Why should I call detachInterrupt at the start of an interrupt service routine?

To understand the explanation below, please consider this example sketch. This sketch is used to debounce a rotary encoder:

(Original is sourced from the Arduino Step by Step Your Complete Guide Github repository)

//Original sketch: https://bigdanzblog.wordpress.com/2014/08/16/using-a-ky040-rotary-encoder-with-arduino/
//Modified by Peter Dalmaris, July 2015
const int PinCLK=2;                   // Used for generating interrupts using CLK signal
const int PinDT=3;                    // Used for reading DT signal
const int PinSW=8;                    // Used for the push button switch
volatile long     virtualPosition  =0;  // must be volatile to work with the isr
void isr0 ()  {
  if (!digitalRead(PinDT))
  attachInterrupt (0,isr0,RISING);
  } // ISR0
void setup ()  {
  attachInterrupt (0,isr0,RISING);   // interrupt 0 is always connected to pin 2 on Arduino UNO
  Serial.begin (9600);
void loop ()  {
  int lastCount = 0;
  while (true) {
      if (!(digitalRead(PinSW))) {        // check if pushbutton is pressed
        virtualPosition = 0;            // if YES, then reset counter to ZERO
        while (!digitalRead(PinSW)) {}  // wait til switch is released
      if (virtualPosition != lastCount) {
        lastCount = virtualPosition;
   } // while

When an interrupt “fires”, the Arduino goes into the interrupt service routine (isr).

Imagine that the Arduino is already executing code in the isr, when another interrupt fires. What do you think it is that the Arduino will do next?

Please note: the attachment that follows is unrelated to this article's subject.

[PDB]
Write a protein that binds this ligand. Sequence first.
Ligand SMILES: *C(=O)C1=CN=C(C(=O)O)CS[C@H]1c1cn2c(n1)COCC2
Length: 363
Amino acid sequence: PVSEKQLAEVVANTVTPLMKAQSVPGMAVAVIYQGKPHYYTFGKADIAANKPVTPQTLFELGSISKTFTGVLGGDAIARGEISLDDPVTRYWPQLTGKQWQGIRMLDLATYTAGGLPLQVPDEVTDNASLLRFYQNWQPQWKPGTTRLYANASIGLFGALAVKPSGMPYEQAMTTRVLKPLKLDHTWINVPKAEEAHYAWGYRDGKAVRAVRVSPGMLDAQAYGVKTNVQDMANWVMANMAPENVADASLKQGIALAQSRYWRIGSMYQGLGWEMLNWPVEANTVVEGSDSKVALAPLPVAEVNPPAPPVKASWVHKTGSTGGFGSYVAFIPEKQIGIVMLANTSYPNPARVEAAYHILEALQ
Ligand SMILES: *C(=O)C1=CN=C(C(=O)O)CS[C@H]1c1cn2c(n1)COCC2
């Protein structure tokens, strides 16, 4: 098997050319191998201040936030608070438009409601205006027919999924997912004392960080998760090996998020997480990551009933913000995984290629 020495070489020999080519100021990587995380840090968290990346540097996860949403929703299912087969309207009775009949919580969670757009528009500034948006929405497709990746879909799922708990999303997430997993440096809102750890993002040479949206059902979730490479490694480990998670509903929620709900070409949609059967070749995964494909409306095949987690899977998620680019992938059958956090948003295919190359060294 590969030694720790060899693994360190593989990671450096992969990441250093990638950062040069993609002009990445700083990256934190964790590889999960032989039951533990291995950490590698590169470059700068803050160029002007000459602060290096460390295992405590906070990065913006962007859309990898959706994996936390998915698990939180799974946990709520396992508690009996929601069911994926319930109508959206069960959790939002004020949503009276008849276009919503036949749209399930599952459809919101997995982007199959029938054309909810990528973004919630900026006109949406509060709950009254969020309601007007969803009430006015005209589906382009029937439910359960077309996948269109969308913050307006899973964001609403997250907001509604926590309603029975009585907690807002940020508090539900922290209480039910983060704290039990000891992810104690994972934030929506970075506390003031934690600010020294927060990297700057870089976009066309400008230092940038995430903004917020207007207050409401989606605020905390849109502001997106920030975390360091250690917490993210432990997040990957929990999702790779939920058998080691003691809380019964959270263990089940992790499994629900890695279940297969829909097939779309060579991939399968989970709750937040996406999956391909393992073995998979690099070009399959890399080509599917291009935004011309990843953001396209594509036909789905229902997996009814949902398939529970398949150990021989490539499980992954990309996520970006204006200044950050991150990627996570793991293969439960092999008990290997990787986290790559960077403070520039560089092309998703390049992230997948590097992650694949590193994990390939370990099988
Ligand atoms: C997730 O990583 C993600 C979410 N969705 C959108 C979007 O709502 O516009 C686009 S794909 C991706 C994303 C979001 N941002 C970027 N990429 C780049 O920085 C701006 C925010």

The Arduino will stop what its doing and jump back at the start of the ISR.

But that’s not what we want. Normally, the ISR function contains code that is critical to our application, and we want that code to complete its execution always, regardless if another interrupt arrives.

To prevent repeated calls to the ISR before a previous ISR has finished, we must turn off interrupts as soon as one is received. That is what we do in line 12 with the “detachInterrupt” function.

But then, just before the Arduino finished the execution of the ISR, we turn interrupts back on so that the next interrupt is captured. Thats what the call to attachInterrupt does in line 23.

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  • Is this a Arduino thing or does all C code / MCU’s act the same way. I’m slowly learning and have never seen this before and I find it interesting. Thanks for sharing this information.

    • Hi David, this is not a feature specific to the Arduino (or the Atmega microcontrollers it is using).

      Using interrupts, and attaching/detaching them to as needed during operation is common across anything with a CPU.

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